“When Jesus therefore saw His mother, and the disciple whom He loved standing by, He said to His mother, ‘Woman, behold your son!’ ” John 19:26
During the global pandemic, we have experienced the pain of separation from family and friends due to COVID restrictions. Many people are feeling alone, forgotten, and uncared for. But in today’s verses from John 19, we discover a very powerful lesson that speaks to this challenge in our lives.
For the past several days, we have been looking at lasting lessons from the last day in Jesus’ life before His dead body is sealed in a tomb. These lessons include the following:
– Like Pilate, we can avoid doing the right thing because of the cost involved (John 19:4-7).
– No one has power in this world except what is given to them by God (John 19:8-12).
– The closer we get to the cross, the more clearly we see who people really are, including ourselves (John 19:13-16).
– The cross is the total expression of God’s grace to us in Christ (John 17-18a).
– The two crosses teach that God gives each of us the freedom to choose (John 19:18b).
– There is no person or language God will not use to proclaim who Jesus is (John 19:19-22).
– Jesus’ garments were removed so we could wear the garments of salvation (John 19:23-24).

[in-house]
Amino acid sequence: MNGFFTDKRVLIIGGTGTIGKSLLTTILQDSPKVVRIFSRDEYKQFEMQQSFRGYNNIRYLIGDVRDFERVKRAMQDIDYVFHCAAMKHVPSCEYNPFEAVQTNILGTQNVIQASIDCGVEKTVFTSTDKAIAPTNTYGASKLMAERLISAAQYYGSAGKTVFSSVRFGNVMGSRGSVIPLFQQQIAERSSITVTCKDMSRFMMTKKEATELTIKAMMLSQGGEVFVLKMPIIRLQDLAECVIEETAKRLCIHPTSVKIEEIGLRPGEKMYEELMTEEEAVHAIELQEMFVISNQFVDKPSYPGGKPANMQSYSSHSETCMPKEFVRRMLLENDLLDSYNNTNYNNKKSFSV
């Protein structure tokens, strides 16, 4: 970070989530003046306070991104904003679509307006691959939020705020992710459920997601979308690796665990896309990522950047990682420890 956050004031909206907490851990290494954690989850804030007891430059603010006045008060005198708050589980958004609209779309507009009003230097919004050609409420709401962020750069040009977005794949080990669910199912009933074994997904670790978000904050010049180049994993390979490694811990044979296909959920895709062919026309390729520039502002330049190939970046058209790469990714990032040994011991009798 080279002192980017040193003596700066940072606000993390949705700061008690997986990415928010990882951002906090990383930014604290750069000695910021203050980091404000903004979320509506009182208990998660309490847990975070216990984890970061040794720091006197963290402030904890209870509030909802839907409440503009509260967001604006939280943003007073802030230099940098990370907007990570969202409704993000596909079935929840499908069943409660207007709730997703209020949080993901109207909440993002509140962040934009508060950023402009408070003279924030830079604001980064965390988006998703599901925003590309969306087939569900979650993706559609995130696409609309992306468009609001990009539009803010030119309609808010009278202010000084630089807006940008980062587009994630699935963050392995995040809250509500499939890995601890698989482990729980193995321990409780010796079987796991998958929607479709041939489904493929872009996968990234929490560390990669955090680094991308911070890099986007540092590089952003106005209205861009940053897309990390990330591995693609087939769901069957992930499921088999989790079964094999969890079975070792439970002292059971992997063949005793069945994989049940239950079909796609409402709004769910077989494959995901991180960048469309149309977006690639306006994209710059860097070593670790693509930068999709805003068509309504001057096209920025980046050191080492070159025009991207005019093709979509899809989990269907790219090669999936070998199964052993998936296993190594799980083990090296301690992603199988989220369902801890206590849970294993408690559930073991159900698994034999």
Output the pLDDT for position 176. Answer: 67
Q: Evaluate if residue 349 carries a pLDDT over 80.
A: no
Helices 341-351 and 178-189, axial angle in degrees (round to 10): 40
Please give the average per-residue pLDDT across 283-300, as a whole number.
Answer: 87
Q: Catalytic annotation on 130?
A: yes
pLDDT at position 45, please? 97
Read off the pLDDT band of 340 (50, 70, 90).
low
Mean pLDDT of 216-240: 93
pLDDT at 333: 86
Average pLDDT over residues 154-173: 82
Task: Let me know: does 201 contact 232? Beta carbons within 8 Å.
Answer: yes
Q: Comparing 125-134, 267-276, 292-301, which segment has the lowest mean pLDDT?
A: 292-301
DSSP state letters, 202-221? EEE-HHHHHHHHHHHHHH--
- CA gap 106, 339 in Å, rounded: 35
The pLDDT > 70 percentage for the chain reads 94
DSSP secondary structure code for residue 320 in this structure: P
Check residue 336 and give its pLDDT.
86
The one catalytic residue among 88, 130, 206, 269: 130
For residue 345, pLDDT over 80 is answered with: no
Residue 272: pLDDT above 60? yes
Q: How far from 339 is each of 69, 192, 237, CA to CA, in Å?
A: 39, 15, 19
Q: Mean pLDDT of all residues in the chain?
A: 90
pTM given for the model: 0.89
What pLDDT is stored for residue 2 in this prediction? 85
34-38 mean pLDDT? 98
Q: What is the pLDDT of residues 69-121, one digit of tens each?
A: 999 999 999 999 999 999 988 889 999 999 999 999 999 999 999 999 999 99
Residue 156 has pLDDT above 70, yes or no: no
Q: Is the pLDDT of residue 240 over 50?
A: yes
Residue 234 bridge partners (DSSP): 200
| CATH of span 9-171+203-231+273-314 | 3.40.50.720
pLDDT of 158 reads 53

Today we learn that THOUGH JESUS DIED FOR THE WORLD, HE ALSO CARES DEEPLY FOR ME (John 19:25-27). The apostle John is the only gospel writer who records this next scene at the cross. Even while dying on a cross Jesus thought of others. William Barclay writes, “There is something infinitely moving in the fact that Jesus in the agony of the cross, in the moment when the salvation of the world hung in the balance, thought of the loneliness of his mother in the days when he was taken away.” 1
“Now there stood by the cross of Jesus His mother, and His mother’s sister, Mary the wife of Clopas, and Mary Magdalene.” (John 19:25). These four women who “stood by the cross of Jesus” contrast with the four Roman soldiers who divided Jesus’ garments (John 19:23-24). “While the soldiers behaved callously and profited immediately from Jesus’ death, the women waited faithfully and patiently for what God would do.” 2
Might I also add that Jesus’ disciples were not present at the cross (Matthew 26:56, 75), except for the apostle John, “the disciple whom He loved” (John 19:26). Their promise to remain faithful to Christ even in death was soon abandoned when Jesus was arrested (Matthew 26:35) – which leads me to admire the faithfulness of these women all the more.